Now a patio home, according to one definition, is basically considered a detached townhome. Therfore, I would say that is the closest to a form to a "detached condo" would be a townhome. Now, we'll let the others debate my answer and hopefully improve upon it!

Say hello to the Northwest for me!

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Merre Ward, Agent, Brentwood, CA
Fri Feb 8, 2008
Simple to define - ask for the legal description!

If the legal description states something like:

Lot XX Tract XXXX or something of the sort, and then it adds a whatever interest in the common area then it is a PUD (Planned Unit Development)

If the legal description says say 1/100th interest in say Lot 1 Unit B Tract XXX, then it is legally a condominum.

Ardell said it best! Yet, when in question ask for the legal description!!!!

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Duncan Clark, Agent, Covington, WA
Wed Jan 9, 2008
There are several condominium developments in Kent in which the homes are detached including one where the homes are manufactured homes. These developments all include spaces that are owned by the association for the enjoyment of all of the homeowners.
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Lisa Hill, , Port Orange, FL
Fri Jul 6, 2007
Interesting question. If I saw this wording in our area, I would wonder what the heck they were talking about. But after reading some of these other answers, it's obviously not unusual. In our area (Daytona Beach, FL) all condominiums are attached, as are town houses. But I suppose if a developer wanted to create a community of single family homes, but create a Condo Association in the Covenants and Restrictions, it only needs approval by the governing authorities.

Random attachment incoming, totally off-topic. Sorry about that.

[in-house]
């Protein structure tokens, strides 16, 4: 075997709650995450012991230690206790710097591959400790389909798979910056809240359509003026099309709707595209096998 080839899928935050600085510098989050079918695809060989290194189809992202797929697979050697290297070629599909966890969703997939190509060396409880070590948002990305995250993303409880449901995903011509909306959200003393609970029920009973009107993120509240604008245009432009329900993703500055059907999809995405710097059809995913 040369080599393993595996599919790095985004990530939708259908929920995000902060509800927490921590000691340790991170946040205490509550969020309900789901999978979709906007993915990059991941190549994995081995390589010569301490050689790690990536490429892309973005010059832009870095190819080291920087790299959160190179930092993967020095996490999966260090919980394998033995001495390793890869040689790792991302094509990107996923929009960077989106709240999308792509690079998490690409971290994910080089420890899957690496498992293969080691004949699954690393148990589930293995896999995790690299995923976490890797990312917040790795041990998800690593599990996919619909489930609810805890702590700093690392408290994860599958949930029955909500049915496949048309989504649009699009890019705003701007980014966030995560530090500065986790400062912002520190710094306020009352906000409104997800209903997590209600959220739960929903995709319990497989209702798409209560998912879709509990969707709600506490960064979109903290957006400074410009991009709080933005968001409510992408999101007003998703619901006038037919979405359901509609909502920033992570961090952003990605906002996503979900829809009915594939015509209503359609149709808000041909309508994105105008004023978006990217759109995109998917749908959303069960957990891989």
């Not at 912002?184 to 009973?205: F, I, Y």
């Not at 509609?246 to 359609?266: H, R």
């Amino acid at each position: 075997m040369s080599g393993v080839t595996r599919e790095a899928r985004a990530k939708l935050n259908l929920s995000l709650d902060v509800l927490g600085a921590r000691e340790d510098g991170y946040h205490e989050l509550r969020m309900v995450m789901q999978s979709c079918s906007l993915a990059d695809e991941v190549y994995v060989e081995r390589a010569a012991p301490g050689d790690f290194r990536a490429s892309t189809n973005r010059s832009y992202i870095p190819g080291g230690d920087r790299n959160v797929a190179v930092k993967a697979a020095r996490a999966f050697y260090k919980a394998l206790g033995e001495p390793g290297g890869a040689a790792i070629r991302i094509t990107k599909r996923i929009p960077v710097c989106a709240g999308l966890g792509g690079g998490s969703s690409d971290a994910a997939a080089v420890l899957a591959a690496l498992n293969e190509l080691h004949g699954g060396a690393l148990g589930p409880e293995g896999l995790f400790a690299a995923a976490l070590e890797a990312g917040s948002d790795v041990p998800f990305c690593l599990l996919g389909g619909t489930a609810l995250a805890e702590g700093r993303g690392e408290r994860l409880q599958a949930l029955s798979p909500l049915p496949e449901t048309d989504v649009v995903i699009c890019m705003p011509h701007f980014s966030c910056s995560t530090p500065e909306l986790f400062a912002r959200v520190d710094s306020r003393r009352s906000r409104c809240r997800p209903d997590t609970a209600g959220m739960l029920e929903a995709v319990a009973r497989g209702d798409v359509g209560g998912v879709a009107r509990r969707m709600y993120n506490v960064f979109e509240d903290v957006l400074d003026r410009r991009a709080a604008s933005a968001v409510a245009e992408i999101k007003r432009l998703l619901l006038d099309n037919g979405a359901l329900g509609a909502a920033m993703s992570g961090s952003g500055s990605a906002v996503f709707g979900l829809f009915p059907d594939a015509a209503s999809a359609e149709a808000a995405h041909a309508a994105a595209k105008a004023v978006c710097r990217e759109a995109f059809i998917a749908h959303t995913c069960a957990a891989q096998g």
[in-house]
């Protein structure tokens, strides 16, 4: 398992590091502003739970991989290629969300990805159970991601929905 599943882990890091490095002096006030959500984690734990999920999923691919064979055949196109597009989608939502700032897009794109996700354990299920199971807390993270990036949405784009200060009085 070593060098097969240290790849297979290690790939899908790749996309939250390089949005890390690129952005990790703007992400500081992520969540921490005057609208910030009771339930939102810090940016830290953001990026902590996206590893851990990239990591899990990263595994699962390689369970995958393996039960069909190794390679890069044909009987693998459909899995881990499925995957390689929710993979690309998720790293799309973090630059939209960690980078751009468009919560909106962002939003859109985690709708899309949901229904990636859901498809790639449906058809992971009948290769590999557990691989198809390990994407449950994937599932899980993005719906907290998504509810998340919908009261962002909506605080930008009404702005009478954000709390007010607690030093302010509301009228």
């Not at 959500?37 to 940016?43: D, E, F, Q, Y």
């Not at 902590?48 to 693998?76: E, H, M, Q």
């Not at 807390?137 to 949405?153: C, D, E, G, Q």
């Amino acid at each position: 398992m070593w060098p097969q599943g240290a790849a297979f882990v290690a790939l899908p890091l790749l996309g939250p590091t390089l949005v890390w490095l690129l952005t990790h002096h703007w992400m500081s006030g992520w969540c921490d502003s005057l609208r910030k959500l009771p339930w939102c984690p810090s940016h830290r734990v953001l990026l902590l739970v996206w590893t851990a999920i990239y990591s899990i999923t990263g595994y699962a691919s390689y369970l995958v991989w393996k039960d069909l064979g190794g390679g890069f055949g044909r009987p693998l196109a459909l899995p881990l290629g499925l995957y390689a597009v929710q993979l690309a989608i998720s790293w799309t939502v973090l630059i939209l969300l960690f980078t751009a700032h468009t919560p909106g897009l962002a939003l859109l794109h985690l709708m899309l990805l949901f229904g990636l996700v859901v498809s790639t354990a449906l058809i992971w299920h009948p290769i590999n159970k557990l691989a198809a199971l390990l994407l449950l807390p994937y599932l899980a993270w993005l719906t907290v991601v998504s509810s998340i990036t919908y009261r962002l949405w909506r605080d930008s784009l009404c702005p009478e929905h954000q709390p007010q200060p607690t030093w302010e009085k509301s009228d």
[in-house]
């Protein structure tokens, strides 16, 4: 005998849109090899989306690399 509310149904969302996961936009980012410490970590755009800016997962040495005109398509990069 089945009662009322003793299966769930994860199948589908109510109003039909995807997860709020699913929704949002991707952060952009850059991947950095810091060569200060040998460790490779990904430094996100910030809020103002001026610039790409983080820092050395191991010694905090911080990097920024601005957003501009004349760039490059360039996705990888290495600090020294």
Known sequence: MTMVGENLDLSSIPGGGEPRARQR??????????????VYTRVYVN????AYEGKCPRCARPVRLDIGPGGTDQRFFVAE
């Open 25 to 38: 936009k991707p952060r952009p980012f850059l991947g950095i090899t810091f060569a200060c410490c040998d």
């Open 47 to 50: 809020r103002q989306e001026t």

I've seen the opposite in this area. I sold a home in a community of attached quads, that was governed by a standard Home Owner's Association. Therefore, each home owner was responsible for their own roofs, painting, interior and exterior insurance and maintenance, etc. It left a lot of questions that needed to be answered before we could close.

That's the great thing about this business. We're constantly learning something new. And it's great to share experiences from other agents around the country.
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Bruce Lynn, Agent, Coppell, TX
Fri Jul 6, 2007
Not always. It depends on how the home owner's association is setup. I would think this would be unusual, but I've seen it before.
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J Lo, Home Buyer, California Glory, Brentwood, CA
Fri Jul 6, 2007
I find that most "definitions" for condos are just a selling point - you will have the small differences that Nate described - but a condo is a condo and a townhome is a townhome. Even some SFR homes have what is called a "zero" lot line. The home adjacent to your home is the other persons back or side wall.

Condo's serve as that great first home in which an owner can build equity and move up the ladder to the SFR. Conversely, the condo serves great as a "downsized" home for those who have had the SFR and need a little less space to maintain.
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Seesthru, Home Buyer, Pensacola, FL
Fri Jul 6, 2007
NO. In Huntsville there are condos for sale, and they look detached to me! try that, I think some are listed there. THey are yellow. While looking for a house, I kept thinking it was a house, until I saw "condo" listed there. I dont' think condos want my cats and birds....